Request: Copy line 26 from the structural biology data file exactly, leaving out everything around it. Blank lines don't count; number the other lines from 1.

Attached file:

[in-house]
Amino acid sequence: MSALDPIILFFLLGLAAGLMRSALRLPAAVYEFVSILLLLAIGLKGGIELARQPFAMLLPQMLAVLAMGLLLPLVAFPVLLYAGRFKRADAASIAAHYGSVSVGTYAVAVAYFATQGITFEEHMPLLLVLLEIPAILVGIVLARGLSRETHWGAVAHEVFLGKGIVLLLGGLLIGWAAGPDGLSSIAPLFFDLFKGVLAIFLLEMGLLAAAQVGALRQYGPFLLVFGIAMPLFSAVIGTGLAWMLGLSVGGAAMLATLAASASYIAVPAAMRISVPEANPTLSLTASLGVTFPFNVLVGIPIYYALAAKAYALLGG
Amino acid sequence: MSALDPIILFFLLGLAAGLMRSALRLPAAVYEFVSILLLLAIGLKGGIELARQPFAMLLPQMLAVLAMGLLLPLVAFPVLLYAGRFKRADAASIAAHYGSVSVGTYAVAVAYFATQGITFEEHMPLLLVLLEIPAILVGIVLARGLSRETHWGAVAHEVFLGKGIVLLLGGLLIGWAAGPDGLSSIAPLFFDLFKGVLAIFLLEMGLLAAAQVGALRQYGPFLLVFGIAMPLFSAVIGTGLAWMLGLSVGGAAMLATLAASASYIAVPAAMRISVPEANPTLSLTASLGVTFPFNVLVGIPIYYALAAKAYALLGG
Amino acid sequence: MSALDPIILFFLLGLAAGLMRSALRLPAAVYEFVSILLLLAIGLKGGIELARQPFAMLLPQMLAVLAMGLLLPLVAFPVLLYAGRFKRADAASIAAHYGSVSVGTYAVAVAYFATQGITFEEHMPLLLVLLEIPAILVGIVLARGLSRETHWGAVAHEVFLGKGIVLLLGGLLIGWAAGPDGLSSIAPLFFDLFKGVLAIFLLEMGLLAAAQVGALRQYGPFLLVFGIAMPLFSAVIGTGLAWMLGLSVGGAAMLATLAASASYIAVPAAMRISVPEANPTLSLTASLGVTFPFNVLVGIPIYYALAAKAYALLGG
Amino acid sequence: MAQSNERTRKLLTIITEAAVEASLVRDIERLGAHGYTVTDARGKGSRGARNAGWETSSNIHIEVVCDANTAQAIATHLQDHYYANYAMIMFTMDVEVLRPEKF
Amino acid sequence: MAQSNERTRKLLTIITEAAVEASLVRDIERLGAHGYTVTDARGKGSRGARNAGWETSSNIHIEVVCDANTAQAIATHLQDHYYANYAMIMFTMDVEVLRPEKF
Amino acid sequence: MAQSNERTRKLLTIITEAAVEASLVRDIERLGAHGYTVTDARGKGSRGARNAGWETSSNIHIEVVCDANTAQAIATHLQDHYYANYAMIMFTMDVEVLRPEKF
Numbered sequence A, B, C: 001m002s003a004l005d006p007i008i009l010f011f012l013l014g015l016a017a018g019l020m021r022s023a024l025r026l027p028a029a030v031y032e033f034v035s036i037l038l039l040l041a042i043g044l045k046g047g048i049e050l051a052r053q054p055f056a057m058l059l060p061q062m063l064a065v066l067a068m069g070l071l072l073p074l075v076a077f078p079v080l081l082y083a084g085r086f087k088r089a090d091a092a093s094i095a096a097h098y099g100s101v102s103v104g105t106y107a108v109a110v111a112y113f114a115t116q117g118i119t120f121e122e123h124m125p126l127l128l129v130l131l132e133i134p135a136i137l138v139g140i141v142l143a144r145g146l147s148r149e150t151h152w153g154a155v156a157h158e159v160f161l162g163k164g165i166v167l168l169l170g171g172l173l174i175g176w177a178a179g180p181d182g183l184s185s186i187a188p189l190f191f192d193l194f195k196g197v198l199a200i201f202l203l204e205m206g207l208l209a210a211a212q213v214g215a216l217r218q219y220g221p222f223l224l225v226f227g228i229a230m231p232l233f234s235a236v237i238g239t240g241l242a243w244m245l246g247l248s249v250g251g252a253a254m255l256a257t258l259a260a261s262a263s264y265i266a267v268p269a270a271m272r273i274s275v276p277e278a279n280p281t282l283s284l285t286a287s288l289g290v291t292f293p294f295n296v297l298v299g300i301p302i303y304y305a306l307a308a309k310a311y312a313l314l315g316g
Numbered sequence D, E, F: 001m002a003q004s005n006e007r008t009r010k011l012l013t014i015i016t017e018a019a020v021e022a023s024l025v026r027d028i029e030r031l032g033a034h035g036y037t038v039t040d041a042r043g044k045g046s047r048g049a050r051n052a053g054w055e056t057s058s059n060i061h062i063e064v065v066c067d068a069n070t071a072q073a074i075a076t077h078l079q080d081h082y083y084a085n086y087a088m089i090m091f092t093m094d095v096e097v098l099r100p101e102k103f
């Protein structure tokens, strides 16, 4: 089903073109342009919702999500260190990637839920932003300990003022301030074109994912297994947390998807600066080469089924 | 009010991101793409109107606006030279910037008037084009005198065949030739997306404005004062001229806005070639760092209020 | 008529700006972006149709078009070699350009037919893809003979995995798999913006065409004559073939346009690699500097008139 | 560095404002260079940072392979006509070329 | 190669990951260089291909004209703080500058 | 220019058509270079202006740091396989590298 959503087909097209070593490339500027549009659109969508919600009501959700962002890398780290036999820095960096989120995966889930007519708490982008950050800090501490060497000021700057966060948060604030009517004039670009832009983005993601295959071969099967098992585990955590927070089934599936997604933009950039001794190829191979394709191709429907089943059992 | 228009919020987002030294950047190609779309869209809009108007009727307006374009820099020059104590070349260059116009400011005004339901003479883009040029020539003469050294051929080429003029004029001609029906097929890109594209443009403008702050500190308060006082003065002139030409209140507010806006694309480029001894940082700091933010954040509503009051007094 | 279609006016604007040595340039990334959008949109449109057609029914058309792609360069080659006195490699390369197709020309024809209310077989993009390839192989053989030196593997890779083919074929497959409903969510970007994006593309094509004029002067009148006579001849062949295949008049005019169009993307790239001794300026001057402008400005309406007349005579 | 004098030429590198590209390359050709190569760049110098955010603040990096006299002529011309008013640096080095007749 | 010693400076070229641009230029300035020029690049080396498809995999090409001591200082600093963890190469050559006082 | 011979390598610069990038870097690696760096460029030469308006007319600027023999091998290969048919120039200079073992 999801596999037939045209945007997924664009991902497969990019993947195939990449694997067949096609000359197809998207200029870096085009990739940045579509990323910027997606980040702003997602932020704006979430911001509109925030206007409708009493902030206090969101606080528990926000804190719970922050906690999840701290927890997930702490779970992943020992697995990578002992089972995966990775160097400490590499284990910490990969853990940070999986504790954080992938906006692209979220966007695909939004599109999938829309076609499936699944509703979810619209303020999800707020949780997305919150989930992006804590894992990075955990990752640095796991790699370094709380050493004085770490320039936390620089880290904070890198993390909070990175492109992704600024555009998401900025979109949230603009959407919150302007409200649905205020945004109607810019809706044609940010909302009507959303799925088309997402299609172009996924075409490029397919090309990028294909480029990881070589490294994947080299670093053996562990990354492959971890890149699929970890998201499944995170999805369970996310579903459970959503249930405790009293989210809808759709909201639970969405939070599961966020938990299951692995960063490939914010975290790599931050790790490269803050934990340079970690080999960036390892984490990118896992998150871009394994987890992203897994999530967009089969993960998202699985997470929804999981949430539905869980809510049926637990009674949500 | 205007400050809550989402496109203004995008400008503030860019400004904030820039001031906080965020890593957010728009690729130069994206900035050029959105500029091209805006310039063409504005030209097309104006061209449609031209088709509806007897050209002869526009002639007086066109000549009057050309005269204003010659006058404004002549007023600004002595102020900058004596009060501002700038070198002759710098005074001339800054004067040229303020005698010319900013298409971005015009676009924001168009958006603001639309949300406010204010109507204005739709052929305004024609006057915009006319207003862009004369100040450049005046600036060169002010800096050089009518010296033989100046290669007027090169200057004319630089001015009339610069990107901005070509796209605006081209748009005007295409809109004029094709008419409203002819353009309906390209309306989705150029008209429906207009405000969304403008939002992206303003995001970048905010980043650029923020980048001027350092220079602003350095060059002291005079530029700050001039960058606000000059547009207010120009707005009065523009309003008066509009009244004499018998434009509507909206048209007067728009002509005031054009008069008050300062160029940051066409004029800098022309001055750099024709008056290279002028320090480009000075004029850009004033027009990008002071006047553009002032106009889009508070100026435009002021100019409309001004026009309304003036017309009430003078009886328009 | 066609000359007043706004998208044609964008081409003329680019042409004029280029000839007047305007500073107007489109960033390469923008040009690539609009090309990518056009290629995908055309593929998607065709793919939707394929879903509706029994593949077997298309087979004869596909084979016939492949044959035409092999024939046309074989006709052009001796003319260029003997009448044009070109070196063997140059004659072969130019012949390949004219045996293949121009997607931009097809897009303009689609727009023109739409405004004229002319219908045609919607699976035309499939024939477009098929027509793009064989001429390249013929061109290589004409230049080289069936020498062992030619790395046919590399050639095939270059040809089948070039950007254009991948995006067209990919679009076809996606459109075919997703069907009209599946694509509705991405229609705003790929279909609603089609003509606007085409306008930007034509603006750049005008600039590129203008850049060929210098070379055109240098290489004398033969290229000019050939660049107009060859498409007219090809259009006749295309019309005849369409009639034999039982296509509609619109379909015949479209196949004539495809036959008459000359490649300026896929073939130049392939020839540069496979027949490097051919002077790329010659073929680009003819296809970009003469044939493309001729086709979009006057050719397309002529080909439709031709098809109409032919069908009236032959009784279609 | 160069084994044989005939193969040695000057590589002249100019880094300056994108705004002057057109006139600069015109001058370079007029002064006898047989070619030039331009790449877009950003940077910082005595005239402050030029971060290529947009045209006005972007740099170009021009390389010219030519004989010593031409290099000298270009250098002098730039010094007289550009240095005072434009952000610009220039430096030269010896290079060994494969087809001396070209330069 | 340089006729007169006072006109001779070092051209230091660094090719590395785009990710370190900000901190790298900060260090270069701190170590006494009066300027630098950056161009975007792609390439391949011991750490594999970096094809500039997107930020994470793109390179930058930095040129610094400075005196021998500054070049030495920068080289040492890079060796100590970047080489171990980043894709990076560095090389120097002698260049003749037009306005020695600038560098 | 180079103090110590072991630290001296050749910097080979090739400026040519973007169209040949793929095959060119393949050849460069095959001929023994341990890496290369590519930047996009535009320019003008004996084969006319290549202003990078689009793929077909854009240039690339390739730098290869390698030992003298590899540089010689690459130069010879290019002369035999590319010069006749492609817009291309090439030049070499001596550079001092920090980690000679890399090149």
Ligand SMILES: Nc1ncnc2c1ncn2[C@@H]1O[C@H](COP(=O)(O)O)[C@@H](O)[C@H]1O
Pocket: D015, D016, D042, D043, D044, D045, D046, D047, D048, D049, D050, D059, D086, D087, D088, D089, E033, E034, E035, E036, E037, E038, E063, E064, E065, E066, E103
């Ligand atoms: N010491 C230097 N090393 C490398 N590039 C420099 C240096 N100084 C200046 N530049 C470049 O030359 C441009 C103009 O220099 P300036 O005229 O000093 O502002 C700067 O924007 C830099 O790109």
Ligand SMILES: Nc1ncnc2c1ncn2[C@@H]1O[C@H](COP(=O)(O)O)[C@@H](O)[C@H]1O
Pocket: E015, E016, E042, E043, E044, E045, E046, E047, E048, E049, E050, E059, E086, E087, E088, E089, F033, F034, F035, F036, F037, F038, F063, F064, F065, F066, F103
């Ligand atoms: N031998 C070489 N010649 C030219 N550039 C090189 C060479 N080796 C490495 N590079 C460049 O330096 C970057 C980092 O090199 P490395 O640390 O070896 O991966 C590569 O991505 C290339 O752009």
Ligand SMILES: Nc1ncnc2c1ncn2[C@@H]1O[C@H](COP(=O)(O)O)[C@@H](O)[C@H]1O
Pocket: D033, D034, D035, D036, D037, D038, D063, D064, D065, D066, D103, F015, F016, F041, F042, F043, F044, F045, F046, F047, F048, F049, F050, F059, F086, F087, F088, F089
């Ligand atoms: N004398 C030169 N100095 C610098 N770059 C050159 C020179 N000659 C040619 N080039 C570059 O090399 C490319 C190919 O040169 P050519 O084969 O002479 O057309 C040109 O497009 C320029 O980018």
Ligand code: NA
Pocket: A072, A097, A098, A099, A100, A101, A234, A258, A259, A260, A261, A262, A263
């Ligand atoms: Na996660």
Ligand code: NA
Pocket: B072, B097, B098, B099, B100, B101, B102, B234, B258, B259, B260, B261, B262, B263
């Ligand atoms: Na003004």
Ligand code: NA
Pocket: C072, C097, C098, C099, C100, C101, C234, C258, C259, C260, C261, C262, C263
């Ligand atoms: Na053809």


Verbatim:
Ligand code: NA